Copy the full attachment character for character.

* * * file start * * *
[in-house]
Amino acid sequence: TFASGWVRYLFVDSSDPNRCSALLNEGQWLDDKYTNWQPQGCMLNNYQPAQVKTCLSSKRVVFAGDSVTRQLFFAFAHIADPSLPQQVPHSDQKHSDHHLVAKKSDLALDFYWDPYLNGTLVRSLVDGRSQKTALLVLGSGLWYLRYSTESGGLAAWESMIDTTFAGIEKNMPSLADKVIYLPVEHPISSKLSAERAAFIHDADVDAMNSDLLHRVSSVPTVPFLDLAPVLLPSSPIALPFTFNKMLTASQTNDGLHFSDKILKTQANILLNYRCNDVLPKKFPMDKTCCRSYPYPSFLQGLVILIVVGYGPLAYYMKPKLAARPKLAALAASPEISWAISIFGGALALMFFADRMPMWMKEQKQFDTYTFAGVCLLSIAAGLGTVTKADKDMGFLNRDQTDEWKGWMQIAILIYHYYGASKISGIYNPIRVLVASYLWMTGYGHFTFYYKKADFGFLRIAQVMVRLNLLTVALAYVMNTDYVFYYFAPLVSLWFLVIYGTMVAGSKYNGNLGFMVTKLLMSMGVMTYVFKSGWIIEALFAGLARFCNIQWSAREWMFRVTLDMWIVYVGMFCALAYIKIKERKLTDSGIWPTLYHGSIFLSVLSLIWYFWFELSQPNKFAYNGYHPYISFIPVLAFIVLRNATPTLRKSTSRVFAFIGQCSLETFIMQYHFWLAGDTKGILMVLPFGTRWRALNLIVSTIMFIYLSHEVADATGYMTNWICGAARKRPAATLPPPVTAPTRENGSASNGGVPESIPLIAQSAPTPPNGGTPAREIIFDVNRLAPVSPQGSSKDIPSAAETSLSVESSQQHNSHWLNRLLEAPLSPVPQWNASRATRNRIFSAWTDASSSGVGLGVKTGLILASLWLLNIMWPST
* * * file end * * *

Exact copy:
[in-house]
Amino acid sequence: TFASGWVRYLFVDSSDPNRCSALLNEGQWLDDKYTNWQPQGCMLNNYQPAQVKTCLSSKRVVFAGDSVTRQLFFAFAHIADPSLPQQVPHSDQKHSDHHLVAKKSDLALDFYWDPYLNGTLVRSLVDGRSQKTALLVLGSGLWYLRYSTESGGLAAWESMIDTTFAGIEKNMPSLADKVIYLPVEHPISSKLSAERAAFIHDADVDAMNSDLLHRVSSVPTVPFLDLAPVLLPSSPIALPFTFNKMLTASQTNDGLHFSDKILKTQANILLNYRCNDVLPKKFPMDKTCCRSYPYPSFLQGLVILIVVGYGPLAYYMKPKLAARPKLAALAASPEISWAISIFGGALALMFFADRMPMWMKEQKQFDTYTFAGVCLLSIAAGLGTVTKADKDMGFLNRDQTDEWKGWMQIAILIYHYYGASKISGIYNPIRVLVASYLWMTGYGHFTFYYKKADFGFLRIAQVMVRLNLLTVALAYVMNTDYVFYYFAPLVSLWFLVIYGTMVAGSKYNGNLGFMVTKLLMSMGVMTYVFKSGWIIEALFAGLARFCNIQWSAREWMFRVTLDMWIVYVGMFCALAYIKIKERKLTDSGIWPTLYHGSIFLSVLSLIWYFWFELSQPNKFAYNGYHPYISFIPVLAFIVLRNATPTLRKSTSRVFAFIGQCSLETFIMQYHFWLAGDTKGILMVLPFGTRWRALNLIVSTIMFIYLSHEVADATGYMTNWICGAARKRPAATLPPPVTAPTRENGSASNGGVPESIPLIAQSAPTPPNGGTPAREIIFDVNRLAPVSPQGSSKDIPSAAETSLSVESSQQHNSHWLNRLLEAPLSPVPQWNASRATRNRIFSAWTDASSSGVGLGVKTGLILASLWLLNIMWPST